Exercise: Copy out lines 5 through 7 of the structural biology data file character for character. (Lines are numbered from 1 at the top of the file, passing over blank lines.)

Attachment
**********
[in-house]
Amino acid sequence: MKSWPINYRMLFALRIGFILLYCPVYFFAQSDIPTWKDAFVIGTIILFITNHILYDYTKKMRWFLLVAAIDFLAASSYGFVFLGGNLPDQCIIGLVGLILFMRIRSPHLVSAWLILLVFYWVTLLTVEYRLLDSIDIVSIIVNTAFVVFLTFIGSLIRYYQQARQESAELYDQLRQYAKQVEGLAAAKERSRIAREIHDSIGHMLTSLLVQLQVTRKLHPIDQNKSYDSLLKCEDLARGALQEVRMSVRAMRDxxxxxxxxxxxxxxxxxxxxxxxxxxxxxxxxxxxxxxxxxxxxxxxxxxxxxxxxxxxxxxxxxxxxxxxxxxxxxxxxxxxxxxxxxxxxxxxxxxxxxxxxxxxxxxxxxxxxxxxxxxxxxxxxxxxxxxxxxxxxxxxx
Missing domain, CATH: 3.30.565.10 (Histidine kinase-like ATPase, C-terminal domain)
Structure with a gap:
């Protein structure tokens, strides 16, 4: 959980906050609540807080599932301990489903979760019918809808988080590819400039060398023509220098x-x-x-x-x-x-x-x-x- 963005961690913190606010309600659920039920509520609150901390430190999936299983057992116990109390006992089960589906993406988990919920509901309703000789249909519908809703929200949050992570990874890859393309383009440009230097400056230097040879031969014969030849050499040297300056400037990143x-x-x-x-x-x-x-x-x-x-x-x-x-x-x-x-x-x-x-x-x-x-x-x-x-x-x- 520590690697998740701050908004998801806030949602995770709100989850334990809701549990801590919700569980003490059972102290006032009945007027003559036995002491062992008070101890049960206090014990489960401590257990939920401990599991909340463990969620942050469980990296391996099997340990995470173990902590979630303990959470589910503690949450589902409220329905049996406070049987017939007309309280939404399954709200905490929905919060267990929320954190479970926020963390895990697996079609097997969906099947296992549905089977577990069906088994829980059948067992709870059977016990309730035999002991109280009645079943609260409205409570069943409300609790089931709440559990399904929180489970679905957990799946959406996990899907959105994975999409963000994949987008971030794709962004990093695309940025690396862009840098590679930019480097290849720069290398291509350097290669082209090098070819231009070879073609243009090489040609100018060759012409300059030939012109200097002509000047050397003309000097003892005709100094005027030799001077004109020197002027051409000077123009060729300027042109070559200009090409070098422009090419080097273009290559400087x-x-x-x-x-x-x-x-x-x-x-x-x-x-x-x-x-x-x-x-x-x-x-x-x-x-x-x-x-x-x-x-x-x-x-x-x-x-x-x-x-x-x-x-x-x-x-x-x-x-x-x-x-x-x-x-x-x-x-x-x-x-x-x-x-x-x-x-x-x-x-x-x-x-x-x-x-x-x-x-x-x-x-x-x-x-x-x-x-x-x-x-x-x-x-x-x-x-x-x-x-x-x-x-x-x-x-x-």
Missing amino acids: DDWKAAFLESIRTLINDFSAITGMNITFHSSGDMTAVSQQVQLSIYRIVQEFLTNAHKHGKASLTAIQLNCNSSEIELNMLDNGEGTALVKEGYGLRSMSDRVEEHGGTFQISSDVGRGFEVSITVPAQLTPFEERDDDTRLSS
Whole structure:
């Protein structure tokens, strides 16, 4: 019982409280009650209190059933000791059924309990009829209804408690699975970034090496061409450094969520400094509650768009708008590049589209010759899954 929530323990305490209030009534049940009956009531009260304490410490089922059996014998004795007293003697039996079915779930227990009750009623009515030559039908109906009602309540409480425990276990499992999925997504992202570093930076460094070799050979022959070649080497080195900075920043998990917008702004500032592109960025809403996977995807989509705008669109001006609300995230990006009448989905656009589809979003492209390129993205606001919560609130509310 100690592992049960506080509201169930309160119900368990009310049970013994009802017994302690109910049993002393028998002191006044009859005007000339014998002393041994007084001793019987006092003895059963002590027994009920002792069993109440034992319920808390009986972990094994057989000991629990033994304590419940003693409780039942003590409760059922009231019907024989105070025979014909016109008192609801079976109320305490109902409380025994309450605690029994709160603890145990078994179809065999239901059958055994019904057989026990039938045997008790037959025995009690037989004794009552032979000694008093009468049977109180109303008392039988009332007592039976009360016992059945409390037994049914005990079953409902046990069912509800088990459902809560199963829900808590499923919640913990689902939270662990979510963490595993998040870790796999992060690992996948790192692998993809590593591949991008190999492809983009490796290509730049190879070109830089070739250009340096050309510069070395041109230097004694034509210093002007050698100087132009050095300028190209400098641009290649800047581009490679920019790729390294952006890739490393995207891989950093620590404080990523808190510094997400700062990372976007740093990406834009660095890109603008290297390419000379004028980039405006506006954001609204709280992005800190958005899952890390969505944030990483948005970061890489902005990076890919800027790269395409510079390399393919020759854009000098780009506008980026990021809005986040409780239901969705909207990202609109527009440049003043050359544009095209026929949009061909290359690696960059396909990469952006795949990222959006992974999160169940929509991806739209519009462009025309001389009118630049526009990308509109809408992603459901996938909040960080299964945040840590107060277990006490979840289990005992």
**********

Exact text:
């Protein structure tokens, strides 16, 4: 959980906050609540807080599932301990489903979760019918809808988080590819400039060398023509220098x-x-x-x-x-x-x-x-x- 963005961690913190606010309600659920039920509520609150901390430190999936299983057992116990109390006992089960589906993406988990919920509901309703000789249909519908809703929200949050992570990874890859393309383009440009230097400056230097040879031969014969030849050499040297300056400037990143x-x-x-x-x-x-x-x-x-x-x-x-x-x-x-x-x-x-x-x-x-x-x-x-x-x-x- 520590690697998740701050908004998801806030949602995770709100989850334990809701549990801590919700569980003490059972102290006032009945007027003559036995002491062992008070101890049960206090014990489960401590257990939920401990599991909340463990969620942050469980990296391996099997340990995470173990902590979630303990959470589910503690949450589902409220329905049996406070049987017939007309309280939404399954709200905490929905919060267990929320954190479970926020963390895990697996079609097997969906099947296992549905089977577990069906088994829980059948067992709870059977016990309730035999002991109280009645079943609260409205409570069943409300609790089931709440559990399904929180489970679905957990799946959406996990899907959105994975999409963000994949987008971030794709962004990093695309940025690396862009840098590679930019480097290849720069290398291509350097290669082209090098070819231009070879073609243009090489040609100018060759012409300059030939012109200097002509000047050397003309000097003892005709100094005027030799001077004109020197002027051409000077123009060729300027042109070559200009090409070098422009090419080097273009290559400087x-x-x-x-x-x-x-x-x-x-x-x-x-x-x-x-x-x-x-x-x-x-x-x-x-x-x-x-x-x-x-x-x-x-x-x-x-x-x-x-x-x-x-x-x-x-x-x-x-x-x-x-x-x-x-x-x-x-x-x-x-x-x-x-x-x-x-x-x-x-x-x-x-x-x-x-x-x-x-x-x-x-x-x-x-x-x-x-x-x-x-x-x-x-x-x-x-x-x-x-x-x-x-x-x-x-x-x-």
Missing amino acids: DDWKAAFLESIRTLINDFSAITGMNITFHSSGDMTAVSQQVQLSIYRIVQEFLTNAHKHGKASLTAIQLNCNSSEIELNMLDNGEGTALVKEGYGLRSMSDRVEEHGGTFQISSDVGRGFEVSITVPAQLTPFEERDDDTRLSS
Whole structure: